Flushing Town Hall to host eighth annual Diwali Festival

Flushing Town Hall
Flushing Town Hall’s Nov. 5 Diwali celebration will feature a rangoli art competition and display, a dance party and performances, and delicious Indian cuisine. (Photo courtesy of Flushing Town Hall)

Flushing Town Hall is welcoming audiences of all ages and cultures to celebrate its eighth annual Diwali Festival on Sunday, Nov. 5. The event will feature a rangoli art competition and display, a dance party, special performances and delicious Indian cuisine. 

Anyone can purchase in-person tickets to attend the festival for either the 11 a.m. to 1 p.m. show or the 2 p.m. to 4 p.m. show at Flushing Town Hall, located at 137-35 Northern Blvd. The festival will also be streamed live on YouTube to serve global audiences. 

Diwali, also known as the Festival of Lights, is a day of solidarity, where the soft light of diyas — or oil wick candles — illuminate streets and homes, banishing the darkness of ignorance and suffering. It began as a part of an ancient harvest festival, which celebrated the fertility of the earth and prosperity of the new harvest. 

Though Diwali has taken on a significant meaning in Hinduism, in India it is celebrated by all groups regardless of religious affiliation as a time of renewal and growth. 

“We are excited to celebrate Diwali with our audiences, to welcome new performers, and to display the great Rangoli submissions we’ve received through our competition this year,” said Gabrielle Hamilton, director of education and public programs at Flushing Town Hall. “We will be selecting artwork in five categories (kids, teenagers, adults, seniors, and professional artists) and displaying their winning designs along our exterior fence along Northern Boulevard.”

The festival will include traditional rangoli design with artist Anju Gupta, Indian foods with Queens Curry Kitchen, and ayurvedic treatments with Shweta Parmar, and live performances. 

Flushing Town Hall will present the artwork of the winners of its Rangoli Design Competition. Rangoli is an age-old art form from India. Derived from a Sanskrit word meaning “rows of colors,” rangoli is a celebratory Hindu art form usually drawn in homes or courtyards with the hope of inviting blessings from the gods. 

Abha Roy, a master teaching artist and artistic director of the Srijan Dance Company, will share the stage with IMGE: Ishita Mili Global Exposé for a performance rooted in Indian classical, hip-hop, and contemporary dance. Attendees can also enjoy a dance party with instruction on traditional moves from Roy, a Kathak classical dancer, and Ishita Mili, a Bharatanatyam dancer. 

Roy has led the Flushing Town Hall Diwali Festival since its beginnings. A master of Kathak dance, she studied under the guidance of the late great Guru Kundan Lal Gangani and attained professional precision under the training of Pt. Durgalal when she completed her specialization in Kathak Kendra, New Delhi. She represented the Indian Council of Cultural Relations and has taught and performed in South America, Guyana, Suriname, Trinidad and Tobago. She has also performed throughout Europe and at venues such as Lincoln Center and the Queens Museum, among others.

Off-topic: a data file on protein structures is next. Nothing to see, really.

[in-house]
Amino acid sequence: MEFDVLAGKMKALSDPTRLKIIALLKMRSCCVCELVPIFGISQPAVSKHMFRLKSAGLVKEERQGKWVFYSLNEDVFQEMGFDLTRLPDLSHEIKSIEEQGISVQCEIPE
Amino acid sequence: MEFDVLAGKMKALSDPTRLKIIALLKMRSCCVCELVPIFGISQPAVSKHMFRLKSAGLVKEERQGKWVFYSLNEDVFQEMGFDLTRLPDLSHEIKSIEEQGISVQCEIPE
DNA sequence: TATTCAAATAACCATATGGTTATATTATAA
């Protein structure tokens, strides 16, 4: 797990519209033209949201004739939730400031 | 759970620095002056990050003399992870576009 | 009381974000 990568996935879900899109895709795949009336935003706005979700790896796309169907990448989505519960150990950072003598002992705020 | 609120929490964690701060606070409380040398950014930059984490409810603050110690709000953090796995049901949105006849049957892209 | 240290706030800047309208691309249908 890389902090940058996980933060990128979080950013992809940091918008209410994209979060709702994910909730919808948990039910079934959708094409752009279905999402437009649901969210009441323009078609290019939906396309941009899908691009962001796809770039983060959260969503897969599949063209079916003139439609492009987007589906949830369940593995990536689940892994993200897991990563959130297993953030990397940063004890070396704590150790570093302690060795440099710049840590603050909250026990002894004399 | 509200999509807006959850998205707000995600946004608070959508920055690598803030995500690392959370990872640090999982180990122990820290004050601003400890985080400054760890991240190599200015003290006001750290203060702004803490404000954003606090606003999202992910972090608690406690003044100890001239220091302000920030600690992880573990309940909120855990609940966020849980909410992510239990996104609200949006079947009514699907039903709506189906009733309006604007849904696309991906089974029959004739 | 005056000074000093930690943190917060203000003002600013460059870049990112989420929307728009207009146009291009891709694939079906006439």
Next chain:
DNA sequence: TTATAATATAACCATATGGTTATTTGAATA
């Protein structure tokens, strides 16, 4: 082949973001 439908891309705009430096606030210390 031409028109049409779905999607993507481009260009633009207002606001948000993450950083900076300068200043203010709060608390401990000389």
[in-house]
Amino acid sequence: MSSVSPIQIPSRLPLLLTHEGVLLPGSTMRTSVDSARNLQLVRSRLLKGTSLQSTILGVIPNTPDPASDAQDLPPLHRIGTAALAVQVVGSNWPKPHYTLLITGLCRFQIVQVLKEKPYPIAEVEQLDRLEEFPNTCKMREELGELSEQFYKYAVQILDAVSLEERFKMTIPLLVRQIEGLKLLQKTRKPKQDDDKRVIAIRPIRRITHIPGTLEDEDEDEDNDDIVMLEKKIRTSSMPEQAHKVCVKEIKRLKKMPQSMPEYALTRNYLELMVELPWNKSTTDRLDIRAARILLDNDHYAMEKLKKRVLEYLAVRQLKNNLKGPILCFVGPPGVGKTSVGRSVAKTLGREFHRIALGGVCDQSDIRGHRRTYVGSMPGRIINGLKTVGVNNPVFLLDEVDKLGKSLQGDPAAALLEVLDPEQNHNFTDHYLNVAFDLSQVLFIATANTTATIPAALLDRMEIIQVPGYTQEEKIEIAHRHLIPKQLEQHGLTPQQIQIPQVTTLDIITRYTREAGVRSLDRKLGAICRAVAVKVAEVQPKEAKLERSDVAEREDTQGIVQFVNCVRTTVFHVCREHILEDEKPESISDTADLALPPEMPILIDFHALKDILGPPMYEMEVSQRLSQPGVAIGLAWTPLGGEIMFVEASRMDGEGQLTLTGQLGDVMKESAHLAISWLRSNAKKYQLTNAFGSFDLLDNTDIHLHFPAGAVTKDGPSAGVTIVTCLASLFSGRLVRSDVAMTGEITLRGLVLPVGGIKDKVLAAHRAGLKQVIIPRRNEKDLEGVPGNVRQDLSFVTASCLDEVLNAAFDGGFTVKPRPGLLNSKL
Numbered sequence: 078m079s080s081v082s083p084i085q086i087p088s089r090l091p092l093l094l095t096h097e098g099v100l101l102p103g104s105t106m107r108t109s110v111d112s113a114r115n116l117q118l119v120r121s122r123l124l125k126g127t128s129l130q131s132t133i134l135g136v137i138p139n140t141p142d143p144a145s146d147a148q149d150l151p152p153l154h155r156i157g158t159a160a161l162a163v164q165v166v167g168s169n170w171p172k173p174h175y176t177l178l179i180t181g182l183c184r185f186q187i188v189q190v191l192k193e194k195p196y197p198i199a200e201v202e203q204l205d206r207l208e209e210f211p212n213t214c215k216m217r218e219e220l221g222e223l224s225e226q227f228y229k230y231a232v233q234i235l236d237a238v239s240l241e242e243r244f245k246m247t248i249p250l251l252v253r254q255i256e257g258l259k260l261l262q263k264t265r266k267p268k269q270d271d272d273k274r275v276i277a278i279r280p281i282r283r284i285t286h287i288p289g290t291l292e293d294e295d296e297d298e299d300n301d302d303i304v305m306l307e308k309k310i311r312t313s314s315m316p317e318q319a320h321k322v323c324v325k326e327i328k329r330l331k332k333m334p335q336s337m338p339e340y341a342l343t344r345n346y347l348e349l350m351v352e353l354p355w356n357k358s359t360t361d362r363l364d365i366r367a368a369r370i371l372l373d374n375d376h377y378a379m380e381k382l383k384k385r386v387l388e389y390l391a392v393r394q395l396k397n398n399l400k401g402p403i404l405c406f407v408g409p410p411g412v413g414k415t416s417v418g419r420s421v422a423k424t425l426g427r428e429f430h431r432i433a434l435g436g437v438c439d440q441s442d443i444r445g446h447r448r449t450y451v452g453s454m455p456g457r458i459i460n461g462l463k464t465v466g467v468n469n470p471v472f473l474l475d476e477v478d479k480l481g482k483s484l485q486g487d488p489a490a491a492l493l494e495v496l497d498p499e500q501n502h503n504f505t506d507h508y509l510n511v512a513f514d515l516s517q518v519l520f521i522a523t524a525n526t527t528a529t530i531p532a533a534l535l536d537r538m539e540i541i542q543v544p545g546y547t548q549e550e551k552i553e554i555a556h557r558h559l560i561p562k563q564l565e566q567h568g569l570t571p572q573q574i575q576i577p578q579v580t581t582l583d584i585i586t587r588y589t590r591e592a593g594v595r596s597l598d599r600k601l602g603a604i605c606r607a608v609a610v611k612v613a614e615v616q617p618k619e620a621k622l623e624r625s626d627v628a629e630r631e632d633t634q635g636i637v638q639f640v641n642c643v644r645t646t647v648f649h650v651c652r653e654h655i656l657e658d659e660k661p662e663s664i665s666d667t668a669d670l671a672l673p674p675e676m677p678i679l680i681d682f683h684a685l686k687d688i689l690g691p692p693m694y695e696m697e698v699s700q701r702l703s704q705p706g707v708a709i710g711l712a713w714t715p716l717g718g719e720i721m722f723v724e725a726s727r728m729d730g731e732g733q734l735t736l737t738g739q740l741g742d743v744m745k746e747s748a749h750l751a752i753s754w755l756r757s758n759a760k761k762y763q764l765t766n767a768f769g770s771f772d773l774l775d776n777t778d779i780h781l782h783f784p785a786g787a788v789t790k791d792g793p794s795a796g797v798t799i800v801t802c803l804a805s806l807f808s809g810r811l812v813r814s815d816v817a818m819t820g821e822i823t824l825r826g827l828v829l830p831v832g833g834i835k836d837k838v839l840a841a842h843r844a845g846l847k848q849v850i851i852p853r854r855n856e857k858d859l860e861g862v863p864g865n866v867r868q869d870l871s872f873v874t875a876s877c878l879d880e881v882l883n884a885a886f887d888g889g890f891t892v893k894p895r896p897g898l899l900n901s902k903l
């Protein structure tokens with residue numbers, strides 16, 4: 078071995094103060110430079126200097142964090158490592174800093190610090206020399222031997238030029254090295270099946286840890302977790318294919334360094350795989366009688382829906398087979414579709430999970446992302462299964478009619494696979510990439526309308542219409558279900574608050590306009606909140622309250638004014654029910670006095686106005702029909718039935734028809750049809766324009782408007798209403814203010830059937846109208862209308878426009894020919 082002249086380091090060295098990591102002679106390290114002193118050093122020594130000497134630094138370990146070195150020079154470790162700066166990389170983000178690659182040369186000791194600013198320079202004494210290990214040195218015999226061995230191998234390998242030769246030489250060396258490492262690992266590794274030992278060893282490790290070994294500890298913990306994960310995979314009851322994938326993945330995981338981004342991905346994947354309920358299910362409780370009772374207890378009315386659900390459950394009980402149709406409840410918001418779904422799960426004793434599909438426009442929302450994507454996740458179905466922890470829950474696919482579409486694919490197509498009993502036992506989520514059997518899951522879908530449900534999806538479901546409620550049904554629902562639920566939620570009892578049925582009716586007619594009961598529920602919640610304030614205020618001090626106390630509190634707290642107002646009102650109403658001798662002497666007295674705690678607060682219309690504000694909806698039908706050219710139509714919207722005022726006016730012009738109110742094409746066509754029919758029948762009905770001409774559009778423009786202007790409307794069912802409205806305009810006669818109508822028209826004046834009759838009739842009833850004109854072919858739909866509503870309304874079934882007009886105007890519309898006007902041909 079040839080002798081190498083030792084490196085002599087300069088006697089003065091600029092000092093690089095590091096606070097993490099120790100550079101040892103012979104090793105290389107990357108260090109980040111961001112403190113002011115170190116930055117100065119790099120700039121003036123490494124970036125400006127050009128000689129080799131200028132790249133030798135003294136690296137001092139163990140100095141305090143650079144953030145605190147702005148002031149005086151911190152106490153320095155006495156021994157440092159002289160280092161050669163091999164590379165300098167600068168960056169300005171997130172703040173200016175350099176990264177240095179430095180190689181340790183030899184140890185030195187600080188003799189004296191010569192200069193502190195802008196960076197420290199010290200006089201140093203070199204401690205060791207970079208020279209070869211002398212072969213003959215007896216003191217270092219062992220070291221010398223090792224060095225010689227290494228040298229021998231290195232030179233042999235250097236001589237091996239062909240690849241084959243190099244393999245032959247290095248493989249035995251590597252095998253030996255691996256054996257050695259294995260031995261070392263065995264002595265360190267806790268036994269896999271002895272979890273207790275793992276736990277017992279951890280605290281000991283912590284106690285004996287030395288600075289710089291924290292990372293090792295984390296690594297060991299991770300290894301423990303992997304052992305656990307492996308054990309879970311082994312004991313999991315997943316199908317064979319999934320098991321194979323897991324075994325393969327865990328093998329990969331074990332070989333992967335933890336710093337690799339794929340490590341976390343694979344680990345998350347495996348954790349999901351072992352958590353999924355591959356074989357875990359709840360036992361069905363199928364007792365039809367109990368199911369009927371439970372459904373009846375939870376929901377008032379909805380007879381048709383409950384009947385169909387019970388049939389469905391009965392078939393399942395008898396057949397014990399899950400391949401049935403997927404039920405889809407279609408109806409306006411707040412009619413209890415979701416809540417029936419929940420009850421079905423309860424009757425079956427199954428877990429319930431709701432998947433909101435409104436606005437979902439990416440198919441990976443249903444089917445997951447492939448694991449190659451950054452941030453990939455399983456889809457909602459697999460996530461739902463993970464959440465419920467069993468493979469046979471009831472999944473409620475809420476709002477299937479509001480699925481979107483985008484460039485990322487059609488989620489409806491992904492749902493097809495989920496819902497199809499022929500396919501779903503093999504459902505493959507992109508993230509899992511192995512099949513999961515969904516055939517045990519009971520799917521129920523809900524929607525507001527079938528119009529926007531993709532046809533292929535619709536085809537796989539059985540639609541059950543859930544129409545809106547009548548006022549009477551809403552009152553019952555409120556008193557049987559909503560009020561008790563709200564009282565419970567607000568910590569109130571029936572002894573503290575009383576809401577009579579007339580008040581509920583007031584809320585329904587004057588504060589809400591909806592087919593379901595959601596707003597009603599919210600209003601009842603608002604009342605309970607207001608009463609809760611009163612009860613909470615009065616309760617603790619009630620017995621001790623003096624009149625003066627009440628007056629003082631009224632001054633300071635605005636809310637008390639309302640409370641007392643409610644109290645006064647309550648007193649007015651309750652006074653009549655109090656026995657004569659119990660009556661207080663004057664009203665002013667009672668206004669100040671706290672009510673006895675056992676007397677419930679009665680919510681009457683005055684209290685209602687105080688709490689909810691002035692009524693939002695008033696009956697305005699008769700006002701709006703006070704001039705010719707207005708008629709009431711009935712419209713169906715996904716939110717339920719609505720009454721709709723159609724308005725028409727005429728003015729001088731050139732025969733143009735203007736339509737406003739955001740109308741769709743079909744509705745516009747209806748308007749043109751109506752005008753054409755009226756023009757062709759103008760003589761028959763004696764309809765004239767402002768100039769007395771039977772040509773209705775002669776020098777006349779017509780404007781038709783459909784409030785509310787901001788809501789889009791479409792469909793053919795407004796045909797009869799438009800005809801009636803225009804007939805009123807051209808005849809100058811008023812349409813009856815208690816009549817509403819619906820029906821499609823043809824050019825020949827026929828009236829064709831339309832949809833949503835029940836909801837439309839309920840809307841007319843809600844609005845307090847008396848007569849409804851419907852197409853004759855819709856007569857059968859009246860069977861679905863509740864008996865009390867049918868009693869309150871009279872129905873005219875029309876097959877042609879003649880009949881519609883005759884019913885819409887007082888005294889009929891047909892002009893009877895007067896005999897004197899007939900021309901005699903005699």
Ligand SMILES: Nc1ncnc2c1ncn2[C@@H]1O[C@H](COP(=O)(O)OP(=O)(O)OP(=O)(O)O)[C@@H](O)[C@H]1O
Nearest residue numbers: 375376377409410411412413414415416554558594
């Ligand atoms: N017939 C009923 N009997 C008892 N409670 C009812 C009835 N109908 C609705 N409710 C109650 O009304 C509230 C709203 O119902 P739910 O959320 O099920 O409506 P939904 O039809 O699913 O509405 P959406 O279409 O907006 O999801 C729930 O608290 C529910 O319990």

Roy lost her beloved husband and creative partner, Sandeep Roychowdhury, to COVID in June of 2021, when he contracted the illness while on a trip to India to help care for family, and she dedicated last year’s festival to his memory and their love.

The Ishita Mili Global Exposé, founded by Mili, is a dance company using Indian classical moves (like the mudras hand gestures), as well as hip-hop and contemporary dance vocabularies to tell new and powerful global stories. IMGE transcends regional and cultural boundaries by creating an encompassing dance language that can speak to anyone.

“We are so fortunate to work with the talented Abha Roy, who has helped our community to heal and experience joy again—even as she’s navigated her own painful loss,” said Ellen Kodadek, executive and artistic director of Flushing Town Hall. “We are a resilient community, and I look forward to the delicious smells, lively dancing, and vibrant colors soon to fill our Hall for Diwali.” 

The Rangoli competition is accepting submissions through Oct. 21.  A jury will select one winner in each group, who in addition to having their work displayed, will receive free, one-year memberships to Flushing Town Hall and pairs of tickets to any upcoming programs of their choice. For submission instructions, visit: flushingtownhall.org/rangoli-competition

In-person tickets are $15 and $10 for members of Flushing Town Hall and children. Tickets must be purchased in advance; they will not be available at the door. Virtual tickets are $7 and $5 for members. Visit flushingtownhall.org/diwali-festival for more details and to purchase tickets.

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